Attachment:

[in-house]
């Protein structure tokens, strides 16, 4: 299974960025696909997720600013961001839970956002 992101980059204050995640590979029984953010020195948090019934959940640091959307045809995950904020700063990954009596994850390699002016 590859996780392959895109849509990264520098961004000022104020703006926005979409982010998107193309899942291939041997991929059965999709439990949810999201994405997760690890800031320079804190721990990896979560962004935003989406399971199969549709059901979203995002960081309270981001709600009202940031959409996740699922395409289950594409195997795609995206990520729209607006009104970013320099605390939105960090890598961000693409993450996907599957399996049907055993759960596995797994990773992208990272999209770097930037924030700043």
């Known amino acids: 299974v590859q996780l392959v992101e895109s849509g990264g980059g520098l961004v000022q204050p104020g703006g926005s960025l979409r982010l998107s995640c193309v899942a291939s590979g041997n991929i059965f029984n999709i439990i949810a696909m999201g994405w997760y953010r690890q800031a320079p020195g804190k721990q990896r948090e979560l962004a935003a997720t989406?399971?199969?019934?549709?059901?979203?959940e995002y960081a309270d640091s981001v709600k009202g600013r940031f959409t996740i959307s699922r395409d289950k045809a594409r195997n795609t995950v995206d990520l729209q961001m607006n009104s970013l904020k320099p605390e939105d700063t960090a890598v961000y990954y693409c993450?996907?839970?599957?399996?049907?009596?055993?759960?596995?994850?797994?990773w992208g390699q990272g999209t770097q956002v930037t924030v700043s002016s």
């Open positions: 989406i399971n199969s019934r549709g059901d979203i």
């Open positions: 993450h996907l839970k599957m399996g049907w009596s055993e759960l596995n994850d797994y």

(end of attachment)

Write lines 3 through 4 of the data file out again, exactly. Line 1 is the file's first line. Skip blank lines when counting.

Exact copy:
């Known amino acids: 299974v590859q996780l392959v992101e895109s849509g990264g980059g520098l961004v000022q204050p104020g703006g926005s960025l979409r982010l998107s995640c193309v899942a291939s590979g041997n991929i059965f029984n999709i439990i949810a696909m999201g994405w997760y953010r690890q800031a320079p020195g804190k721990q990896r948090e979560l962004a935003a997720t989406?399971?199969?019934?549709?059901?979203?959940e995002y960081a309270d640091s981001v709600k009202g600013r940031f959409t996740i959307s699922r395409d289950k045809a594409r195997n795609t995950v995206d990520l729209q961001m607006n009104s970013l904020k320099p605390e939105d700063t960090a890598v961000y990954y693409c993450?996907?839970?599957?399996?049907?009596?055993?759960?596995?994850?797994?990773w992208g390699q990272g999209t770097q956002v930037t924030v700043s002016s």
């Open positions: 989406i399971n199969s019934r549709g059901d979203i």